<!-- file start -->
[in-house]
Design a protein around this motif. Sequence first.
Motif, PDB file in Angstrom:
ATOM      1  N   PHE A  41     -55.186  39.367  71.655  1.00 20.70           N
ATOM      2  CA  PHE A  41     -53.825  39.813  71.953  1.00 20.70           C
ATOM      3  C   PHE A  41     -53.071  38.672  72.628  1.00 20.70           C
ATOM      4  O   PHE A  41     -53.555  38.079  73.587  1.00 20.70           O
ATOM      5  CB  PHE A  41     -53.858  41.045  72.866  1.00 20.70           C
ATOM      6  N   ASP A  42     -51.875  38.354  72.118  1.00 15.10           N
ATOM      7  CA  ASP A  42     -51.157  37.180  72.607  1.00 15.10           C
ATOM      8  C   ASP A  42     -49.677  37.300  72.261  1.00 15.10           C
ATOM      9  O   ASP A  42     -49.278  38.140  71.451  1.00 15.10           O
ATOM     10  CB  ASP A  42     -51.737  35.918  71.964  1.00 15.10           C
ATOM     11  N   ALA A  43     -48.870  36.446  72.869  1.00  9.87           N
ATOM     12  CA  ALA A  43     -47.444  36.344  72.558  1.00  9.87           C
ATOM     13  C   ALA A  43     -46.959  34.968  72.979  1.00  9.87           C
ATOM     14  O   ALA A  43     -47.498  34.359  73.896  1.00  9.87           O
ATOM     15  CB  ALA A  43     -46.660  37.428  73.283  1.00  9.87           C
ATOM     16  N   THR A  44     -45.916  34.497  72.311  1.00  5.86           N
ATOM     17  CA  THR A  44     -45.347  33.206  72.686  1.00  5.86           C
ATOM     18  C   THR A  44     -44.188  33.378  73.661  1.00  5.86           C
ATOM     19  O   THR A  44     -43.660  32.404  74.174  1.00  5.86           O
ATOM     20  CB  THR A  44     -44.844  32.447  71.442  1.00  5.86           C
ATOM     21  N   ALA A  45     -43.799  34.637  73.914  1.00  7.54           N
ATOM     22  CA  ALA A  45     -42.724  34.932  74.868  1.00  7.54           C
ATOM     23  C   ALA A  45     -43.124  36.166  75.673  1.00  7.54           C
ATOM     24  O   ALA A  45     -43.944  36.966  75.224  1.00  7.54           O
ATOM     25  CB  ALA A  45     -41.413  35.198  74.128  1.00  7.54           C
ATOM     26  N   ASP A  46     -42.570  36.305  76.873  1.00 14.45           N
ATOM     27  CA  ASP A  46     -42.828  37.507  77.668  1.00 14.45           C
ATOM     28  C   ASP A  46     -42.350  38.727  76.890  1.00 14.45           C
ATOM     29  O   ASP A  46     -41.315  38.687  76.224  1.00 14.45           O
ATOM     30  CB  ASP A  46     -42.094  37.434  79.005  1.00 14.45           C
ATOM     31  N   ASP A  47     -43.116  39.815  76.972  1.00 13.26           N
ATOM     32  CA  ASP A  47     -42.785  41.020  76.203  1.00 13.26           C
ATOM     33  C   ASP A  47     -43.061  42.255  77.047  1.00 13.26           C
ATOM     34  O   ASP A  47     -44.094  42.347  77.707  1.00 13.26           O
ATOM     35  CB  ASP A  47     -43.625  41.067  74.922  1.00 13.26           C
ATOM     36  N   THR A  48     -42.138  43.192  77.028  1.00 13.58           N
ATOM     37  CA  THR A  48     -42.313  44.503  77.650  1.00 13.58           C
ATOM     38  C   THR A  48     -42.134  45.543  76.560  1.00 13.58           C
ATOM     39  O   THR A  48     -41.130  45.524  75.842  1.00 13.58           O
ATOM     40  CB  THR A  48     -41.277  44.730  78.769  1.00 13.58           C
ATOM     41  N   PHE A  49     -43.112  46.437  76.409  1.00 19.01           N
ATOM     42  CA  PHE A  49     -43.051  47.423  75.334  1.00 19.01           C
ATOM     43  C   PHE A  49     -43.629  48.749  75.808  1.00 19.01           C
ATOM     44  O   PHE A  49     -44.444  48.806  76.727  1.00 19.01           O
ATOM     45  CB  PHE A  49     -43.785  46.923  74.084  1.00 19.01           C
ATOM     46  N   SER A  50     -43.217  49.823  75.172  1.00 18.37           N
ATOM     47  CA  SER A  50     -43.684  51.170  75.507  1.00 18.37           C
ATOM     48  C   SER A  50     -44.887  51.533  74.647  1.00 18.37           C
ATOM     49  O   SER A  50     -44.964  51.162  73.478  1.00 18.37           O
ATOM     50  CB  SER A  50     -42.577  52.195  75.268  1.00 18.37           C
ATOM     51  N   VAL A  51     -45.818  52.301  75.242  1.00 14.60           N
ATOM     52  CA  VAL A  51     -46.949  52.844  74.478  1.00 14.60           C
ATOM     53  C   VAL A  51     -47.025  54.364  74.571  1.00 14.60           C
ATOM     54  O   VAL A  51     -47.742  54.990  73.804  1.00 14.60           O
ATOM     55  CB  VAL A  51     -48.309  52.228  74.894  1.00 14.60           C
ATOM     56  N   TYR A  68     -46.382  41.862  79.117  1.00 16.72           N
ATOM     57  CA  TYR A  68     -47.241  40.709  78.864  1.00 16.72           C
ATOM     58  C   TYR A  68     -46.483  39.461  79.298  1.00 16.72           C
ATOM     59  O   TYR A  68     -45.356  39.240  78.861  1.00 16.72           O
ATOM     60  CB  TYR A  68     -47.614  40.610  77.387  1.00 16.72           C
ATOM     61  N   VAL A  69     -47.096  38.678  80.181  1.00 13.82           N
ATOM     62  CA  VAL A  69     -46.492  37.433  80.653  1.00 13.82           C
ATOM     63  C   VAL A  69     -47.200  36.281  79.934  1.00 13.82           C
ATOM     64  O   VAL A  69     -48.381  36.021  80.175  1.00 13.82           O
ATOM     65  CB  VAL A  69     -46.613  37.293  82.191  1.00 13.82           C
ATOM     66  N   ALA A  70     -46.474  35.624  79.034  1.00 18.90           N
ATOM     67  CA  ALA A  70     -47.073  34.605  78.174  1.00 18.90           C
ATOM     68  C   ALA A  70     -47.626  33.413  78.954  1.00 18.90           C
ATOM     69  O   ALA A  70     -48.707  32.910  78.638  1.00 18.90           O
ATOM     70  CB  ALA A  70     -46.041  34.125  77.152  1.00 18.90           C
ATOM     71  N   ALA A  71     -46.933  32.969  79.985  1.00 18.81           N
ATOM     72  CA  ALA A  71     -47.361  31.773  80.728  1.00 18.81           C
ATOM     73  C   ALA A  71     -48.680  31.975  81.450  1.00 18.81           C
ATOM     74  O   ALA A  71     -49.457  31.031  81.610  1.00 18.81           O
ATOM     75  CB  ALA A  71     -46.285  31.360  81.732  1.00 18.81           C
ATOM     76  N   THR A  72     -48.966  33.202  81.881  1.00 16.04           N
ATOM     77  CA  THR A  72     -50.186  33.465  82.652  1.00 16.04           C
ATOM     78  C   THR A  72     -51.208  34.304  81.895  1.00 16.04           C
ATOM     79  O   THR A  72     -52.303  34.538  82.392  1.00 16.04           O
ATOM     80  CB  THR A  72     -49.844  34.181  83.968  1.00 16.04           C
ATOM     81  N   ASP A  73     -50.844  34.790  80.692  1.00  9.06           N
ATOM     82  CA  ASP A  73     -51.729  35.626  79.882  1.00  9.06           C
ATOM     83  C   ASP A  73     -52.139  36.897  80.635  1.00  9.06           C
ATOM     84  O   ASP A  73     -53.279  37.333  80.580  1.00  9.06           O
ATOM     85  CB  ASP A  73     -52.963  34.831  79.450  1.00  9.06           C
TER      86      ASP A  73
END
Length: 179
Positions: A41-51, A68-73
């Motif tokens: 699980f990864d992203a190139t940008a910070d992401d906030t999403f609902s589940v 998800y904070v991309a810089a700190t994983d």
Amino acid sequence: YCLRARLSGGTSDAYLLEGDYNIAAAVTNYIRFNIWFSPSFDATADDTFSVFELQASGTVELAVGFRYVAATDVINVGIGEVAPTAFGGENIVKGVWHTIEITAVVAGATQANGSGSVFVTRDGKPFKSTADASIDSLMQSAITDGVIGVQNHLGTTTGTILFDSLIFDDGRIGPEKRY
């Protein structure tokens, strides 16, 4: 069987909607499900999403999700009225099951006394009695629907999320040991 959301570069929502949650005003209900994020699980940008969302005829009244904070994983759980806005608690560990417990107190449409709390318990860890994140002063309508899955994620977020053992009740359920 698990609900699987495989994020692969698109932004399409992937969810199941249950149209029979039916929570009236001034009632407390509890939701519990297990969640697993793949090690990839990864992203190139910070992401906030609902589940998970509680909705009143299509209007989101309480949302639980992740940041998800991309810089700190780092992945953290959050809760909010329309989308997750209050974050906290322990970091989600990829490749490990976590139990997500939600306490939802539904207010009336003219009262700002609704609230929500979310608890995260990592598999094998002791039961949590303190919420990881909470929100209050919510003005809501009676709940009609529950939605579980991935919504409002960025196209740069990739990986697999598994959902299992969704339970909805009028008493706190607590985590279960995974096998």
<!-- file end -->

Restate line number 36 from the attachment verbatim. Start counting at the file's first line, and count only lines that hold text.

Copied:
ATOM     33  C   ASP A  47     -43.061  42.255  77.047  1.00 13.26           C